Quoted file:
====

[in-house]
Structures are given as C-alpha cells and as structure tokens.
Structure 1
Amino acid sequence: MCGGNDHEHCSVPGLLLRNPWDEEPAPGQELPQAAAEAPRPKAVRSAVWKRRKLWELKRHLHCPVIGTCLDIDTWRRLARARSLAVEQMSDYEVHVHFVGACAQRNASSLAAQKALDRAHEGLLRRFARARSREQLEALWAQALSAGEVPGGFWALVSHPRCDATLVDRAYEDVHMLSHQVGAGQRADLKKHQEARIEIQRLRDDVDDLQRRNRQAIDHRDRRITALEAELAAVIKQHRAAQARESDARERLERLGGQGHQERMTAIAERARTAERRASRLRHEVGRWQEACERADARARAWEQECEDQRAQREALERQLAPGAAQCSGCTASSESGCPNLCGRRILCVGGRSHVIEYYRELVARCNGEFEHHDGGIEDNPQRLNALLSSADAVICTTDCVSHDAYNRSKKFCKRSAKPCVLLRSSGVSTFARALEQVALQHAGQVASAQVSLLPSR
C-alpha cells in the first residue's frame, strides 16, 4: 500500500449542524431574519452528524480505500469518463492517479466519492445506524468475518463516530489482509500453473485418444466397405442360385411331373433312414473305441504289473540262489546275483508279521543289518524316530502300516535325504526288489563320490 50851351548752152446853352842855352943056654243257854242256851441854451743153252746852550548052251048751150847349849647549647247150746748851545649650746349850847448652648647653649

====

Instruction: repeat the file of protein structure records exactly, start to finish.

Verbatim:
[in-house]
Structures are given as C-alpha cells and as structure tokens.
Structure 1
Amino acid sequence: MCGGNDHEHCSVPGLLLRNPWDEEPAPGQELPQAAAEAPRPKAVRSAVWKRRKLWELKRHLHCPVIGTCLDIDTWRRLARARSLAVEQMSDYEVHVHFVGACAQRNASSLAAQKALDRAHEGLLRRFARARSREQLEALWAQALSAGEVPGGFWALVSHPRCDATLVDRAYEDVHMLSHQVGAGQRADLKKHQEARIEIQRLRDDVDDLQRRNRQAIDHRDRRITALEAELAAVIKQHRAAQARESDARERLERLGGQGHQERMTAIAERARTAERRASRLRHEVGRWQEACERADARARAWEQECEDQRAQREALERQLAPGAAQCSGCTASSESGCPNLCGRRILCVGGRSHVIEYYRELVARCNGEFEHHDGGIEDNPQRLNALLSSADAVICTTDCVSHDAYNRSKKFCKRSAKPCVLLRSSGVSTFARALEQVALQHAGQVASAQVSLLPSR
C-alpha cells in the first residue's frame, strides 16, 4: 500500500449542524431574519452528524480505500469518463492517479466519492445506524468475518463516530489482509500453473485418444466397405442360385411331373433312414473305441504289473540262489546275483508279521543289518524316530502300516535325504526288489563320490 50851351548752152446853352842855352943056654243257854242256851441854451743153252746852550548052251048751150847349849647549647247150746748851545649650746349850847448652648647653649